The district will ensure that students in full-day prekindergarten through grade five engage in moderate to vigorous physical activity for at least 30 minutes per day or 135 minutes per week.
Middle School Physical Education
The district will ensure that students in middle school engage in 30 minutes of moderate to vigorous physical activity per day for at least four semesters OR at least 225 minutes of moderate to vigorous physical activity within a two-week period for at least four semesters.
Students will participate in two semesters of Physical Education in 6th grade, one semester in 7th grade and one semester in 8th grade.
Students may substitute Physical Education in 6th grade by participating in the following courses:
Students may substitute Physical Education in 7th and 8th grade by participating in the following courses:
High School Physical Education
Students are required to earn 1.0 graduation credits in Physical Education or an approved substitution.
Up to 1.0 graduation credits can be received by participating in any of the following courses:
Lifetime Fitness and Wellness Pursuits
Lifetime Recreation and Outdoor Pursuits
Skill Based Lifetime Activities
The 1.0 physical education credit may also be earned through participation in any of the following activities:
Off Campus PE
All substitution activities must include at least 100 minutes per five-day school week of moderate to vigorous physical activity.
No more than four substitution credits may be earned through any combination of substitutions listed above.
The District must apply to the Commissioner for approval of appropriate private or commercially sponsored physical activity programs conducted on or off campus which may be substituted for state graduation credit in Physical Education.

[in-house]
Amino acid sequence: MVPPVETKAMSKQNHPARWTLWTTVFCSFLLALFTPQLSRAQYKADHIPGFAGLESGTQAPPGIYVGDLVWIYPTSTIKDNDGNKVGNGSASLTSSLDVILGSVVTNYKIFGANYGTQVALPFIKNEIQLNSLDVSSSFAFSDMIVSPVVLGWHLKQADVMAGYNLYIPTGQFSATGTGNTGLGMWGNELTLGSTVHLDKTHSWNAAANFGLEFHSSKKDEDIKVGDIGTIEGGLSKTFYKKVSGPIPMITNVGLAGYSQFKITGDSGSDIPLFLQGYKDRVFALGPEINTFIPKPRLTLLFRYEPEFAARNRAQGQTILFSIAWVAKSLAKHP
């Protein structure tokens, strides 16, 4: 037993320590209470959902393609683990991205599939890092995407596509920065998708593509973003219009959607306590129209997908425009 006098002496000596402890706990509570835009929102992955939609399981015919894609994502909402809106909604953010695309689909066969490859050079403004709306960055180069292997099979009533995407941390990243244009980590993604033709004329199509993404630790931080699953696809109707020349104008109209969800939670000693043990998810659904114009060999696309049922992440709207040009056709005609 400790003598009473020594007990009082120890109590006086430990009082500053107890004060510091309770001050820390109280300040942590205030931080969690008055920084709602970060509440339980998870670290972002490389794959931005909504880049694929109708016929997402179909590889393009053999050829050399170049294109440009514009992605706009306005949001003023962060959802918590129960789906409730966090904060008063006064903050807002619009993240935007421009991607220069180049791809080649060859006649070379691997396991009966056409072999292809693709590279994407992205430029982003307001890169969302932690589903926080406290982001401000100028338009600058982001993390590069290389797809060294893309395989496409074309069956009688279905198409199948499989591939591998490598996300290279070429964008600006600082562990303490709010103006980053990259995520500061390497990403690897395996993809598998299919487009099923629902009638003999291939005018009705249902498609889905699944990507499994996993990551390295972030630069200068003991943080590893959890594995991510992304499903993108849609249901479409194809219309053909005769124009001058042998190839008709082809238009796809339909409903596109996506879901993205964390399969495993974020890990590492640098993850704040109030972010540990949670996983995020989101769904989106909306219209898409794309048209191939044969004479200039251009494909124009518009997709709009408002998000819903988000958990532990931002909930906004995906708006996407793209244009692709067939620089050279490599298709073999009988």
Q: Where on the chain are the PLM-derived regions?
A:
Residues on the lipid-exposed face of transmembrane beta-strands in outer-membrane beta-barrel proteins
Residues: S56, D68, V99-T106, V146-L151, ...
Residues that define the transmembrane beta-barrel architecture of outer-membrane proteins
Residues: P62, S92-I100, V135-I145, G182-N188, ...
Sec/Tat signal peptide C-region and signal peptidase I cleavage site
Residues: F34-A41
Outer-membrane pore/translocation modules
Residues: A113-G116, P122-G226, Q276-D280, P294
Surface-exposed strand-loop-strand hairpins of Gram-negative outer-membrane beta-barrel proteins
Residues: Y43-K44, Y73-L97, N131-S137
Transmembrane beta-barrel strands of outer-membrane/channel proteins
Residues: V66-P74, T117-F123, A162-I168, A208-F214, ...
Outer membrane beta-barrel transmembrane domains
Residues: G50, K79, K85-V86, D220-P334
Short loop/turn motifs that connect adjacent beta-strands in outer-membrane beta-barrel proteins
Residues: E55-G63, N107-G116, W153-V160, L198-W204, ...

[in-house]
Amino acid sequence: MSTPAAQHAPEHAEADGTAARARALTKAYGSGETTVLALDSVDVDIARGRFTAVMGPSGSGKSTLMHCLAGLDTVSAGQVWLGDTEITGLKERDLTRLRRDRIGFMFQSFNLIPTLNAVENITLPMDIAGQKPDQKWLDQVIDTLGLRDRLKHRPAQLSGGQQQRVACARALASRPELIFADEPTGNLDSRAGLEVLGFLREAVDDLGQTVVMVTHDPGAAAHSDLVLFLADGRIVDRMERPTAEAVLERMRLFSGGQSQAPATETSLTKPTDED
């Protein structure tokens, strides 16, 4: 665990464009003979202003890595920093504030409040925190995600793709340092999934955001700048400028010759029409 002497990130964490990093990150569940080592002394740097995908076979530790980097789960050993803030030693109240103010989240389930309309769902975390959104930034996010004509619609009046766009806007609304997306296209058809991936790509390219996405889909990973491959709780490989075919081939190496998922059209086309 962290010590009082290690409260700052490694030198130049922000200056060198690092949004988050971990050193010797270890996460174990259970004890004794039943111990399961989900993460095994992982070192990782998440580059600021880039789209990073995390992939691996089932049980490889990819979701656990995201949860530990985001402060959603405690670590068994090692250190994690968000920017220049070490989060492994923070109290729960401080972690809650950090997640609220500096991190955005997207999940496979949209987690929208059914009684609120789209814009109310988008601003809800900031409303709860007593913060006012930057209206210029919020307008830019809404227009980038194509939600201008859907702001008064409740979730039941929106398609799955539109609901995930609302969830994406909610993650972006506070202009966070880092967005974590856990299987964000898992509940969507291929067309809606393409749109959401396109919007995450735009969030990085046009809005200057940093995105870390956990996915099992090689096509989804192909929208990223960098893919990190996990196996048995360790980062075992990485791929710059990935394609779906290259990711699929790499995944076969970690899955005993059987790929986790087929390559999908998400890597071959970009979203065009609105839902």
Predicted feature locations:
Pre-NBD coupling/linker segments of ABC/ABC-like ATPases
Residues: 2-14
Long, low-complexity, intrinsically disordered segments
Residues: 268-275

Physical Fitness Assessment
Each school year, the District will assess the physical fitness of students in grade 3 or higher in a course that satisfies the curriculum requirements for Physical Education using the required fitness assessment. The assessment includes a variety of health-related physical fitness tests that assess aerobic capacity; muscular strength, muscular endurance, and flexibility; and body composition. Scores from these assessments are compared to Healthy Fitness Zone® standards to determine students' overall physical fitness and suggest areas for improvement when appropriate.
Students are assessed by grade level:
- Elementary: all students enrolled in grades 3-5;
- Middle School: all students enrolled in Physical Education, Athletics, Dance, or Leadership Cadet Corps that are receiving a PE unit; and
- High School: all students enrolled in Physical Education, Athletics, JROTC, Marching Band, Drill Team, or Cheerleading are receiving PE credit.
- Parents may request a copy of their student's Fitness Assessment Report from their Physical Education teacher. More information about the Fitness Assessment can be found on the Interactive Health Technologies website @ https://ihtusa.com/daily-fit-log/